The AM line included many dolls depicting Asian peoples. Shown here left to right are the closed -dome baby incised Ellar in star // AM // Germany 3K, an 8″ child marked Germany / AM / 8/o, and a closed-dome infant mold 353. Photos courtesy of Ruby Lane shops Lovely Faces, Kathy Libraty’s Antiques and Tantelina’s Dolls.

In about 1918 Armand suffered a heart attack and in 1919 he turned the running of the business over to his son Hermann. Against his father’s advice Hermann entered into a partnership with his Heubach brother-in-law which was called Vereinigte Köppelsdorfer Porzelainfabrik (United Porcelain Factory of Köppelsdorf). Despite their partner agreement each factory was run as a separate enterprise and Hermann employed the same conscientious approach to running his end of the joint business. By 1926 Marseille was making 1000 doll heads per day. Reportedly Heubach’s business practices were quite different from Marseille’s and the partnership was dissolved in 1928 with each company becoming a separate entity once again.

This 18″ example of the molded-hair shoulder-head doll, mold 372, is also incised with the name Kiddiejoy.  The name Kiddiejoy was used on AM heads made for the New York City company of Hitz, Jacobs & Kassler. Along with the mold shown here, other dolls bearing the Kiddiejoy name included the wigged shoulder-head mold 375, the infant style head mold 347, the character baby molds 991 and 993, and the doll mold 1321. Photo courtesy of Frasher’s Doll Auctions.

“Nobbiekid” was made for George Borgfeldt and was one of many models of Googlie-eyed dolls made by AM. Photo courtesy of Ruby Lane shop Matrix by Mail Inc.

The style of dolls produced by the Marseille factory reflected the progression of popular doll styles of the day, running the gambit from simple dolly-faced socket-heads and shoulder-heads, to infants, character babies and character children. In the 1920s their offerings included lady dolls on flapper-style bodies. The color palette and painting style used on doll faces also reflect the changing aesthetics of each decade of production. Along with using mold numbers the company also named various models using epithets such as Baby Blanche, Alma, Floradora, Queen Louise, My Dream Baby and many others. Marseille’s doll were generally marked with the name Armand Marseille or the initials AM incised on the back of the doll’s head along with mold and size numbers, and model names (where applicable).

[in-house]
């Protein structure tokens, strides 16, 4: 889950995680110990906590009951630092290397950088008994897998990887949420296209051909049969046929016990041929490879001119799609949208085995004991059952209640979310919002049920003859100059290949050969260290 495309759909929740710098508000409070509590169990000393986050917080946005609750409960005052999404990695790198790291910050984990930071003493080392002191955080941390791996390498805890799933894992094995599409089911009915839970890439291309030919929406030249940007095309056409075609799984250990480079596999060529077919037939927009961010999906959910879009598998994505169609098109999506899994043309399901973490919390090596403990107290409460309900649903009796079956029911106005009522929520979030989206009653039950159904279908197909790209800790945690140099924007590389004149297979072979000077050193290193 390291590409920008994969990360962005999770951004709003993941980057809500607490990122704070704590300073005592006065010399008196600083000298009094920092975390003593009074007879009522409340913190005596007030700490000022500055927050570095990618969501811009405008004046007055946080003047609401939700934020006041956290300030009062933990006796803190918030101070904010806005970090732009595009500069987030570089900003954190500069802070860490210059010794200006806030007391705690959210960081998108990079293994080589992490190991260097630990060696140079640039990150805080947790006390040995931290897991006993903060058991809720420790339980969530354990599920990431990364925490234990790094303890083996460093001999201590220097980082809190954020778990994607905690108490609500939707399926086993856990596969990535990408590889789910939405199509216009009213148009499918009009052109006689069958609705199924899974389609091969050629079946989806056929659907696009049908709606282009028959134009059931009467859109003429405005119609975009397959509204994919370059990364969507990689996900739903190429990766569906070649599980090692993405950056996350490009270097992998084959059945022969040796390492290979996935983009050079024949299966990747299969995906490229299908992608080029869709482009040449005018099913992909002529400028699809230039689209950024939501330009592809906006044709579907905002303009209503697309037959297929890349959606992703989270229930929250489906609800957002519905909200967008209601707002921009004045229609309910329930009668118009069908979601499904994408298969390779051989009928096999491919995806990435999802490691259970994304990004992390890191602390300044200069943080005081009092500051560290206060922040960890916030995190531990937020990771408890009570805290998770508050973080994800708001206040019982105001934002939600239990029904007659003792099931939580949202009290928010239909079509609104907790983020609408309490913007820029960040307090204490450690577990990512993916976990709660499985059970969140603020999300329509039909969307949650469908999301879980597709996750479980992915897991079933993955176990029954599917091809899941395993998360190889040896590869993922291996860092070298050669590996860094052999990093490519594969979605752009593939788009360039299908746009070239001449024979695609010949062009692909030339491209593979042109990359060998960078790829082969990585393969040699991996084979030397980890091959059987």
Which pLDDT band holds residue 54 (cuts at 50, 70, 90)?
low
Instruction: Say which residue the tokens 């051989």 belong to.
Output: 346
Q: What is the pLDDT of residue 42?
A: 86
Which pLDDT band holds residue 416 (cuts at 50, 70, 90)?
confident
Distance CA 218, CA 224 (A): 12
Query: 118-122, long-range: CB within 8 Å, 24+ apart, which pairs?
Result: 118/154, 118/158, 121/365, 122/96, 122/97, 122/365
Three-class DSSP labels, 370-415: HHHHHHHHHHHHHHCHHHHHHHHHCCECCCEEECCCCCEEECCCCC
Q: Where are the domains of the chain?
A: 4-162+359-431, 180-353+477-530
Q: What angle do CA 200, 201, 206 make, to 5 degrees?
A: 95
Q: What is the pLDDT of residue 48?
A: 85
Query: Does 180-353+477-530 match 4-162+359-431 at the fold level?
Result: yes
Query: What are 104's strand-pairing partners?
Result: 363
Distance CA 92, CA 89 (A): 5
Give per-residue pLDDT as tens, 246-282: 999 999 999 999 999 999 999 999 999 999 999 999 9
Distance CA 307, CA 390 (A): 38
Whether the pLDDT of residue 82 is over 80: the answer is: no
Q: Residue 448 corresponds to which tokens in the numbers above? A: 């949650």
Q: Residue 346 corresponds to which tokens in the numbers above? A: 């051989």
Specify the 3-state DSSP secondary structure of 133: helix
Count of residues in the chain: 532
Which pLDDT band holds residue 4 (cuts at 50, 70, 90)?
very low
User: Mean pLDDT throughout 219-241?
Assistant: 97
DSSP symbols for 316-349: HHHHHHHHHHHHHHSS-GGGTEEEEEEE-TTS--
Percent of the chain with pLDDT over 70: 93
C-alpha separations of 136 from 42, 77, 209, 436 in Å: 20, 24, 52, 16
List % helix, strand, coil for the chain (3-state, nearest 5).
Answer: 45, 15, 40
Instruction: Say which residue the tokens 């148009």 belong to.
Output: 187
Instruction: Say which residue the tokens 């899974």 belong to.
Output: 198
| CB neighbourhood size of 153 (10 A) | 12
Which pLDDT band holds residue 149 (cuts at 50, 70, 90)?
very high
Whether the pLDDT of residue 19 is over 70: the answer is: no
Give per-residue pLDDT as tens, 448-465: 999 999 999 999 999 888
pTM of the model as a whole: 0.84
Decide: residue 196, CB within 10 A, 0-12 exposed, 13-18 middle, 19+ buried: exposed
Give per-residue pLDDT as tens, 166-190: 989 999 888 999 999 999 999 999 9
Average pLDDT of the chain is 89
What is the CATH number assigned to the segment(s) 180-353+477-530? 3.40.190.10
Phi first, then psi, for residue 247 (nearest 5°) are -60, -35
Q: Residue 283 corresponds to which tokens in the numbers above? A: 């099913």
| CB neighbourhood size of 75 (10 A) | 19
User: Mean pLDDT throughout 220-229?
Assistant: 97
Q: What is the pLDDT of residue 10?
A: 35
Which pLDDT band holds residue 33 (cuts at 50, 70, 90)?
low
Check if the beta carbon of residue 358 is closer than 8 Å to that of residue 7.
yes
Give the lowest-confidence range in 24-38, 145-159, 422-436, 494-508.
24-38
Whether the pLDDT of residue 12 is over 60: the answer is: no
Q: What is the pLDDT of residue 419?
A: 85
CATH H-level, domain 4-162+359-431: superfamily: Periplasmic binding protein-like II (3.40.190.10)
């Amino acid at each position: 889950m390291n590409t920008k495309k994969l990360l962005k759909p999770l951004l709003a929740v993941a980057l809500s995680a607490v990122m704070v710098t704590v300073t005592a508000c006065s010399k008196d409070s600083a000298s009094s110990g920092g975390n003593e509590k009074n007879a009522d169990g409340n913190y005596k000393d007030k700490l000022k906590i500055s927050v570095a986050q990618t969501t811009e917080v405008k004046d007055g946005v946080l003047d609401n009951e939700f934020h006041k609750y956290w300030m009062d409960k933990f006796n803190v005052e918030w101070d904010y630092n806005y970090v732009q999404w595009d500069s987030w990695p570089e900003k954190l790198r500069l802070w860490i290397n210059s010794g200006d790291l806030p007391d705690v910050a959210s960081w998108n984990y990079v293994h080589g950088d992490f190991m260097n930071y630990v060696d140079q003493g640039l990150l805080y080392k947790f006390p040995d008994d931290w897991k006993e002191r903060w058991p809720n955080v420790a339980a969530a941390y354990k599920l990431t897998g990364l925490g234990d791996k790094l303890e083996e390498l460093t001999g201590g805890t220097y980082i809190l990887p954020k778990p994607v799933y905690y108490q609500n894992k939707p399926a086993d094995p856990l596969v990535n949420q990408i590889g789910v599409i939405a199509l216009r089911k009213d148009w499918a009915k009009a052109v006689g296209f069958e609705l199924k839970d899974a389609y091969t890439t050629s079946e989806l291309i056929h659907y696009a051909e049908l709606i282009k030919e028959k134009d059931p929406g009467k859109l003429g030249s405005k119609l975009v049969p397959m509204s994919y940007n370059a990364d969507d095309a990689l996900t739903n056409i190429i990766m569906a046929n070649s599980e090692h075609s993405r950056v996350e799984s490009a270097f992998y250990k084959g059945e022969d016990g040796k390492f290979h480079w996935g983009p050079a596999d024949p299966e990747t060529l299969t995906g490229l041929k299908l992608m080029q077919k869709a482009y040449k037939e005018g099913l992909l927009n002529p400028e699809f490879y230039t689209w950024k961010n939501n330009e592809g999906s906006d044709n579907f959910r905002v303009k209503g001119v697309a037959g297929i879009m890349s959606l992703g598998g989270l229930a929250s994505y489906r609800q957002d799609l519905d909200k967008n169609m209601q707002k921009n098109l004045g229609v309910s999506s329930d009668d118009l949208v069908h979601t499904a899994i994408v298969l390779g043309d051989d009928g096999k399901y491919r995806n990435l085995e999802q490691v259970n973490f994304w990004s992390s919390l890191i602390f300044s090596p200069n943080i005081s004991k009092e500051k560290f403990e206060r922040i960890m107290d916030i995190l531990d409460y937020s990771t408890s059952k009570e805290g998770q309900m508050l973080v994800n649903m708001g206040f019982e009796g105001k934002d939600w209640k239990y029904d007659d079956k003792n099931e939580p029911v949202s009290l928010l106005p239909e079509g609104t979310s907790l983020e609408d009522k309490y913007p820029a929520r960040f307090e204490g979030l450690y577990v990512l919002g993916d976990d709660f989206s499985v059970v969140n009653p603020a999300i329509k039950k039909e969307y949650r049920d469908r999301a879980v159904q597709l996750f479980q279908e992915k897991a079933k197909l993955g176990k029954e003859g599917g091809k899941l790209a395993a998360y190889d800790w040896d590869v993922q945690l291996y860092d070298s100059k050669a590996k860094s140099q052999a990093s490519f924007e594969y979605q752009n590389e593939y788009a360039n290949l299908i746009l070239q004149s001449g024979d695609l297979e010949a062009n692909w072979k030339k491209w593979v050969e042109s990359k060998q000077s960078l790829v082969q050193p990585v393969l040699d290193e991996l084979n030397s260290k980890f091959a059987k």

The name “Just Me” was registered by Borgfeldt in 1929 for the doll made for them by AM. It was mold 310 and was made in bisque and painted bisque versions. From 1929 through the ’30s Jennie Graves of Vogue Doll Co. purchased some Just Me dolls from Borgfeldt which she then costumed as part of the line for her company. Photo courtesy of Ann Lloyd Dolls.
In addition to infants, babies and children AM also made some lady dolls such as this 9″ doll on a slim flapper style body. The head is incised Germany / M. H. / 300 / 12OX”. Photo courtesy of Ruby Lane shop A Touch of Class Antique Dolls.

Armand Marseille died in 1925. His son continued to run the company. Dolls now referred to as “painted bisque” came into production in the 1930s. During the WWII years doll production halted and the company turned to making utilitarian wares. After the war the company was again making dolls under the direction of the East German state. Many of these were a composition- like material referred to as “low-fired bisque.” Hermann moved to West Germany in 1949 but the company continued making dolls under the AM name until about 1960.

This 18″ low-fired bisque doll is marked AM // 2966 // 3 ¾./8. Her body, though molded like the earlier composition bodies, is made of a lightweight pressed-cardboard. The synthetic fibers of her wig and clothing would indicate that she was made during the 1940s or ’50s.

Author – Linda Edward

Bibliography

Jurgen and Marianne Cieslik German Doll Encyclopedia. Cumberland: Hobby House Press, 1985

Jurgen and Marianne Cieslik German Doll Studies. Annapolis: Gold Horse Publishing, 1999

Dorothy S., Elizabeth A., Evelyn J. Coleman The Collector’s Encyclopedia of Dolls Vol. I & II. New York: Crown Publishers, Inc., 1968 & 1986

Linda Edward Doll Values, 13th Edition. New York: Page Publishing. 2017

Judith Izen & Carol Stover Collector’s Encyclopedia of Vogue Dolls. Paducah: Collector Books, 2005

Mary Gorham Krombholz 500 Years of German Doll Making. Cincinnati: Self-Published, 2013